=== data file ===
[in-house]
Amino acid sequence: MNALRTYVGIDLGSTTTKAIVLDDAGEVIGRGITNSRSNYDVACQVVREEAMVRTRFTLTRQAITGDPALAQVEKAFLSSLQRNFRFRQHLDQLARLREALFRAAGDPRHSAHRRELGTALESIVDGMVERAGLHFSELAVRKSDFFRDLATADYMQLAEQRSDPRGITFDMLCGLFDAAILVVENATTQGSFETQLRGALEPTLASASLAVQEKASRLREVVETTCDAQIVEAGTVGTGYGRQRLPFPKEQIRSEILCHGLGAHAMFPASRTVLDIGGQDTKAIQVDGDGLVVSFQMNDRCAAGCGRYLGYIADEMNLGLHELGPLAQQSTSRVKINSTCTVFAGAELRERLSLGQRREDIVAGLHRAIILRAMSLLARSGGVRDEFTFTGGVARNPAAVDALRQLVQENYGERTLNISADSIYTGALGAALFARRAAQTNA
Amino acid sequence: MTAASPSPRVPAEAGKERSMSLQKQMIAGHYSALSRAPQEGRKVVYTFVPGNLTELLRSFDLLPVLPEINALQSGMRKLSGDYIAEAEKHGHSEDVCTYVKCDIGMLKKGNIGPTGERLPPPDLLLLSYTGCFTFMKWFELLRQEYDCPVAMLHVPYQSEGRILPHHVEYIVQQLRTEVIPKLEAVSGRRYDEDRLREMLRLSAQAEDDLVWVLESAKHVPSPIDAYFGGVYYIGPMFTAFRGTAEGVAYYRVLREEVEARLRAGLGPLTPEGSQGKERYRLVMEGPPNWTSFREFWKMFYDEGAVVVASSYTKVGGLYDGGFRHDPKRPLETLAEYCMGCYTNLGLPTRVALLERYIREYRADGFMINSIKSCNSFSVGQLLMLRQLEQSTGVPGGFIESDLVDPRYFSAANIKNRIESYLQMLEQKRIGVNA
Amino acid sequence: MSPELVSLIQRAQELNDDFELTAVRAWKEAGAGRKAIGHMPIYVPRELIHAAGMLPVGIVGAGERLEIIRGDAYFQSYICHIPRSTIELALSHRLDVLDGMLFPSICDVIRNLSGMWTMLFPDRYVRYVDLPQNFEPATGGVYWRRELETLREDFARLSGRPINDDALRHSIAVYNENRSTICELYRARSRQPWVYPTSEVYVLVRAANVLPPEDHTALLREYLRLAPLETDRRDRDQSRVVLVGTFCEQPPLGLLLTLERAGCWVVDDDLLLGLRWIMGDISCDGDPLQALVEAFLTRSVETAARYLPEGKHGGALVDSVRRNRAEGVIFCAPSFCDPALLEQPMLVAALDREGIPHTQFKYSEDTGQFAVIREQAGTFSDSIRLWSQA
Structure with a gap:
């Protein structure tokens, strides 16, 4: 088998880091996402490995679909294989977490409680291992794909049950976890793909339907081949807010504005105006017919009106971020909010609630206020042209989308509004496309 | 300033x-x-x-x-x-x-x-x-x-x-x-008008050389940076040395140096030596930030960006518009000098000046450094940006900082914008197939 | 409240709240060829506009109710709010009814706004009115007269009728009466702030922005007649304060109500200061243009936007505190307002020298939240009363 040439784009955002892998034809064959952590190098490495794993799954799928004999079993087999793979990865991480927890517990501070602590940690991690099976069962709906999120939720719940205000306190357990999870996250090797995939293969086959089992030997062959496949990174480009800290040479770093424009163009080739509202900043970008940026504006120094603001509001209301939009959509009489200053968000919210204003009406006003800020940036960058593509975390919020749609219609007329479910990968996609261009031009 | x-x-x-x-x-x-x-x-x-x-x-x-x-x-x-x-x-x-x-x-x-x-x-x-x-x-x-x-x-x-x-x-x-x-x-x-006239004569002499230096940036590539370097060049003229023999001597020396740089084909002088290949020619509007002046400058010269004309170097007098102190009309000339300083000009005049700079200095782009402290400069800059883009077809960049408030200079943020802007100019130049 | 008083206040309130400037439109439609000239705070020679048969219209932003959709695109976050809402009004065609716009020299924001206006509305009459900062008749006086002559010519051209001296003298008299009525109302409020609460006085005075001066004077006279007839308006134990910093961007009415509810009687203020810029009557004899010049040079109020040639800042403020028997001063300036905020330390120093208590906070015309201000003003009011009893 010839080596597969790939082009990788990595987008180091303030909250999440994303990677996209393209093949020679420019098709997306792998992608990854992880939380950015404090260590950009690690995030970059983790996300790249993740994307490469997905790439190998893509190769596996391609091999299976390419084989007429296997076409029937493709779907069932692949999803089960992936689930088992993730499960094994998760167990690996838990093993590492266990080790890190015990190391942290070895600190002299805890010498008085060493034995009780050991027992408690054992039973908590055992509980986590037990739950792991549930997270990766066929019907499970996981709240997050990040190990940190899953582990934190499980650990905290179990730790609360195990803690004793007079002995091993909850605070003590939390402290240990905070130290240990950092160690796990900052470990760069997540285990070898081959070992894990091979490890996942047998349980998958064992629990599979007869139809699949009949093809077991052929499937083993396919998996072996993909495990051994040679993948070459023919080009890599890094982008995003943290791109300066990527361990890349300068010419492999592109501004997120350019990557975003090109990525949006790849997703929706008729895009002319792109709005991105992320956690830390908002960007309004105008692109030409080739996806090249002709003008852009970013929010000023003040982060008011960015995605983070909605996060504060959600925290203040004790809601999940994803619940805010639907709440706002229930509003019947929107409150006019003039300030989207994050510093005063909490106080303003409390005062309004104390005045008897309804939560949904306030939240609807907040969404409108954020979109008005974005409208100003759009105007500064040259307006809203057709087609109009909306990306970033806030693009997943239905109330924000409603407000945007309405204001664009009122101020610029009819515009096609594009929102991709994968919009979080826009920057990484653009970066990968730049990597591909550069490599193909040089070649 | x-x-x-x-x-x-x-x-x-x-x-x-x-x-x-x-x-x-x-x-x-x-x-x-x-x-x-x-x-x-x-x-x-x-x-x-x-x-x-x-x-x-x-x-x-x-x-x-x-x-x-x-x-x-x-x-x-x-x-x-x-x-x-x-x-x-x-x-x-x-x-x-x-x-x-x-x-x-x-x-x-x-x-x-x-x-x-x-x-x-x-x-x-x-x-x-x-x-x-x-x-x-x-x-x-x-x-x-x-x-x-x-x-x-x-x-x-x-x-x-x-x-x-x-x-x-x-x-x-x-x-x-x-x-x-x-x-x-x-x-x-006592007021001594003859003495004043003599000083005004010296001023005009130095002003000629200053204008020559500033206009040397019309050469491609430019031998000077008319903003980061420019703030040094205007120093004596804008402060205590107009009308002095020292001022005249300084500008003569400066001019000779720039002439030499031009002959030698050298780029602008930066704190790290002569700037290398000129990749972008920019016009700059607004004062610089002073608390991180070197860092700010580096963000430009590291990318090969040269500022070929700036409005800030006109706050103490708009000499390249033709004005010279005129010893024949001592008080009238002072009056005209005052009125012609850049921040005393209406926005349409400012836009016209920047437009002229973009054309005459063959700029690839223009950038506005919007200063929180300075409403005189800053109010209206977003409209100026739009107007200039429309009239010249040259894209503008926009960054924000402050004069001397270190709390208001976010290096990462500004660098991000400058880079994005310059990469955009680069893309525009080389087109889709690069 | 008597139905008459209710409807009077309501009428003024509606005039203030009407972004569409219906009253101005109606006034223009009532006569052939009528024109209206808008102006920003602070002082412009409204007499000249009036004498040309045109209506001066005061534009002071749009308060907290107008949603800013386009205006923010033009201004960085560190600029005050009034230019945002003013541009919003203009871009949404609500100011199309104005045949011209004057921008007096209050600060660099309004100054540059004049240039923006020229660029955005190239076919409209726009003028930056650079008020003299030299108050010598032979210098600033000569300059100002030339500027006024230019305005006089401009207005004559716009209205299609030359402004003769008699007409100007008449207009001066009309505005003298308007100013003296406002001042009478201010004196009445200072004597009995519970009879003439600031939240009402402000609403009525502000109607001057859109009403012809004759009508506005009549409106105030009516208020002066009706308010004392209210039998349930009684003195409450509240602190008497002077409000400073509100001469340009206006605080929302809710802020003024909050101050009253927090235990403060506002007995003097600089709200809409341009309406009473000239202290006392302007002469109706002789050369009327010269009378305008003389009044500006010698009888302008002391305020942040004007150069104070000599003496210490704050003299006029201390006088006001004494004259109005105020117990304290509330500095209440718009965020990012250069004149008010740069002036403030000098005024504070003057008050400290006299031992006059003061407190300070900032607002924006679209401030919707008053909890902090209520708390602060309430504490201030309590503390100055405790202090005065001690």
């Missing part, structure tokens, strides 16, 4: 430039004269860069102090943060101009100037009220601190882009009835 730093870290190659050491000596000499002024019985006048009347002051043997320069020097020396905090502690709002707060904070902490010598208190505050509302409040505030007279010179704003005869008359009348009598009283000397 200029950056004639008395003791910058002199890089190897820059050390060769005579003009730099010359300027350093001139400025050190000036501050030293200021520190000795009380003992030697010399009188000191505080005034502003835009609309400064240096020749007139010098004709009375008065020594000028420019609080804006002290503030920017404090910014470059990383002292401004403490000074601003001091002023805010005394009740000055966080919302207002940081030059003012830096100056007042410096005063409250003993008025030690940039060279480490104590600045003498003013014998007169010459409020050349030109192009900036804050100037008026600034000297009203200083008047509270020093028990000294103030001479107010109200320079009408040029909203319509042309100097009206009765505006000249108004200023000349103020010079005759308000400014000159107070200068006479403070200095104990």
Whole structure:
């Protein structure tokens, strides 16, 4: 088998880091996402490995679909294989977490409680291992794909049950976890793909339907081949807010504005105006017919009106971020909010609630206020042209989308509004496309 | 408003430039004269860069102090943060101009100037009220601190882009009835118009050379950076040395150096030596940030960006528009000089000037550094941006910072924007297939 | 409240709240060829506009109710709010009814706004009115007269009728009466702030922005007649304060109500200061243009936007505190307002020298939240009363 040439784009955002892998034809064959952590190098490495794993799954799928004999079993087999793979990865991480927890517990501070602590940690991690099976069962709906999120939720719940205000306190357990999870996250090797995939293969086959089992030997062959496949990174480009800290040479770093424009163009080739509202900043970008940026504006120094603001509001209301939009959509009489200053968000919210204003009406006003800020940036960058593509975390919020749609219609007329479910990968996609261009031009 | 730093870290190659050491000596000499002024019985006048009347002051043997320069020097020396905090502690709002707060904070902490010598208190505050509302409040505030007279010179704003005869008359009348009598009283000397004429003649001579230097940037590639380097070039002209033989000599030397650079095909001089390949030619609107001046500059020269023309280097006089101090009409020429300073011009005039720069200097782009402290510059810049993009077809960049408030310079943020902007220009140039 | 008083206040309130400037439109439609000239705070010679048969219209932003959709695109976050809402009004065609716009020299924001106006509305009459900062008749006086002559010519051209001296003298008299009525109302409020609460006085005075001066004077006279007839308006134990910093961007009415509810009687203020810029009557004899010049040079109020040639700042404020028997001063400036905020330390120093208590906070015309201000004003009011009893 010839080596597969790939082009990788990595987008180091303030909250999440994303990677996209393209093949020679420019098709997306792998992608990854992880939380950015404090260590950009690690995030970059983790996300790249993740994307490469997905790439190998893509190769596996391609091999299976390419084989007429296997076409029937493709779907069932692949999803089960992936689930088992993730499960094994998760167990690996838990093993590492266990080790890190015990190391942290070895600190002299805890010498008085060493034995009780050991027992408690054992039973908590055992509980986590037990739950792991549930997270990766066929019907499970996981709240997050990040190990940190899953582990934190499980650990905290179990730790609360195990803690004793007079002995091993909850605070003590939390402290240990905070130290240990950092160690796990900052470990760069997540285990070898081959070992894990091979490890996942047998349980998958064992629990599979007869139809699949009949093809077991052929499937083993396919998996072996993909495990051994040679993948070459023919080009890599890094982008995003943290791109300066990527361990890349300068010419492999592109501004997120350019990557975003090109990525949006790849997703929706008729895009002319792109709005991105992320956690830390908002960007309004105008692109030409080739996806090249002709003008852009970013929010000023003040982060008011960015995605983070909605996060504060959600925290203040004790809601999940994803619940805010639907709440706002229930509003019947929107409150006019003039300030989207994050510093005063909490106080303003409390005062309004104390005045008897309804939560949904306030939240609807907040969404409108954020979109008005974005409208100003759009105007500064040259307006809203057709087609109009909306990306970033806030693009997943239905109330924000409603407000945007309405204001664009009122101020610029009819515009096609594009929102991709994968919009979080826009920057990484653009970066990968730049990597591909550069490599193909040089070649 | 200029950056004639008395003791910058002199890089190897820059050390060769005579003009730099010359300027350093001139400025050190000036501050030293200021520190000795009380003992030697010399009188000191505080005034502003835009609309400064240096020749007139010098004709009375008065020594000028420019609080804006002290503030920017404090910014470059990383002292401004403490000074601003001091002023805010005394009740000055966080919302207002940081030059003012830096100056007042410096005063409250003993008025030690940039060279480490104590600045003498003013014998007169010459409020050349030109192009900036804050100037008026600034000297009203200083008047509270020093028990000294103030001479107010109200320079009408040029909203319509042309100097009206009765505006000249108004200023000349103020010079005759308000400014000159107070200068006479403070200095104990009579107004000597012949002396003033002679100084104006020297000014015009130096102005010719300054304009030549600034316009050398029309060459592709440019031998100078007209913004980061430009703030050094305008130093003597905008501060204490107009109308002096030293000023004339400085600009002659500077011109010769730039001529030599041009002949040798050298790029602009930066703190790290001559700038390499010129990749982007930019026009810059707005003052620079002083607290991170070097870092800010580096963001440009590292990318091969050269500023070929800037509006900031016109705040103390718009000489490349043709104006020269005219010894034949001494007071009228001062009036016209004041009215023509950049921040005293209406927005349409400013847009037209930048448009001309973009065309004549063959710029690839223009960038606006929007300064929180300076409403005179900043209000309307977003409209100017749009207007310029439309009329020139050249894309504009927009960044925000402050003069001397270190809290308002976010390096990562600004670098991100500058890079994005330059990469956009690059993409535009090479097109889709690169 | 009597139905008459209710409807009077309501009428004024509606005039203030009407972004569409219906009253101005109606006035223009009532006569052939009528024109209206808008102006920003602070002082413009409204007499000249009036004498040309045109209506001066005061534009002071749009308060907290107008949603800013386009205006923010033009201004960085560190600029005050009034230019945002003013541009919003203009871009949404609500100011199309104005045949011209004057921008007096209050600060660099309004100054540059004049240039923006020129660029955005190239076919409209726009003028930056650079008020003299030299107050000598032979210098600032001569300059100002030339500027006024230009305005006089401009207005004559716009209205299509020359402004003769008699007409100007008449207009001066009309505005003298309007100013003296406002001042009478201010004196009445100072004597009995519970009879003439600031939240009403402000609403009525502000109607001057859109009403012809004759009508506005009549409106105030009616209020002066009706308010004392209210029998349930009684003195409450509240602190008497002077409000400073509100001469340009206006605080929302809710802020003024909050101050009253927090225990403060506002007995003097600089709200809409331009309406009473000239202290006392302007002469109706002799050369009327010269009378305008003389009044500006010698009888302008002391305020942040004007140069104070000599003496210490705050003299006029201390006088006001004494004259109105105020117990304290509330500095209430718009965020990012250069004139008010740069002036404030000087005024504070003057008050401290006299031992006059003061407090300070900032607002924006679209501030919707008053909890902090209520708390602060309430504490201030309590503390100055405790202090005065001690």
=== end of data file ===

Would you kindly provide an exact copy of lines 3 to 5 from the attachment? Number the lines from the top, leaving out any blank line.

Amino acid sequence: MTAASPSPRVPAEAGKERSMSLQKQMIAGHYSALSRAPQEGRKVVYTFVPGNLTELLRSFDLLPVLPEINALQSGMRKLSGDYIAEAEKHGHSEDVCTYVKCDIGMLKKGNIGPTGERLPPPDLLLLSYTGCFTFMKWFELLRQEYDCPVAMLHVPYQSEGRILPHHVEYIVQQLRTEVIPKLEAVSGRRYDEDRLREMLRLSAQAEDDLVWVLESAKHVPSPIDAYFGGVYYIGPMFTAFRGTAEGVAYYRVLREEVEARLRAGLGPLTPEGSQGKERYRLVMEGPPNWTSFREFWKMFYDEGAVVVASSYTKVGGLYDGGFRHDPKRPLETLAEYCMGCYTNLGLPTRVALLERYIREYRADGFMINSIKSCNSFSVGQLLMLRQLEQSTGVPGGFIESDLVDPRYFSAANIKNRIESYLQMLEQKRIGVNA
Amino acid sequence: MSPELVSLIQRAQELNDDFELTAVRAWKEAGAGRKAIGHMPIYVPRELIHAAGMLPVGIVGAGERLEIIRGDAYFQSYICHIPRSTIELALSHRLDVLDGMLFPSICDVIRNLSGMWTMLFPDRYVRYVDLPQNFEPATGGVYWRRELETLREDFARLSGRPINDDALRHSIAVYNENRSTICELYRARSRQPWVYPTSEVYVLVRAANVLPPEDHTALLREYLRLAPLETDRRDRDQSRVVLVGTFCEQPPLGLLLTLERAGCWVVDDDLLLGLRWIMGDISCDGDPLQALVEAFLTRSVETAARYLPEGKHGGALVDSVRRNRAEGVIFCAPSFCDPALLEQPMLVAALDREGIPHTQFKYSEDTGQFAVIREQAGTFSDSIRLWSQA
Structure with a gap: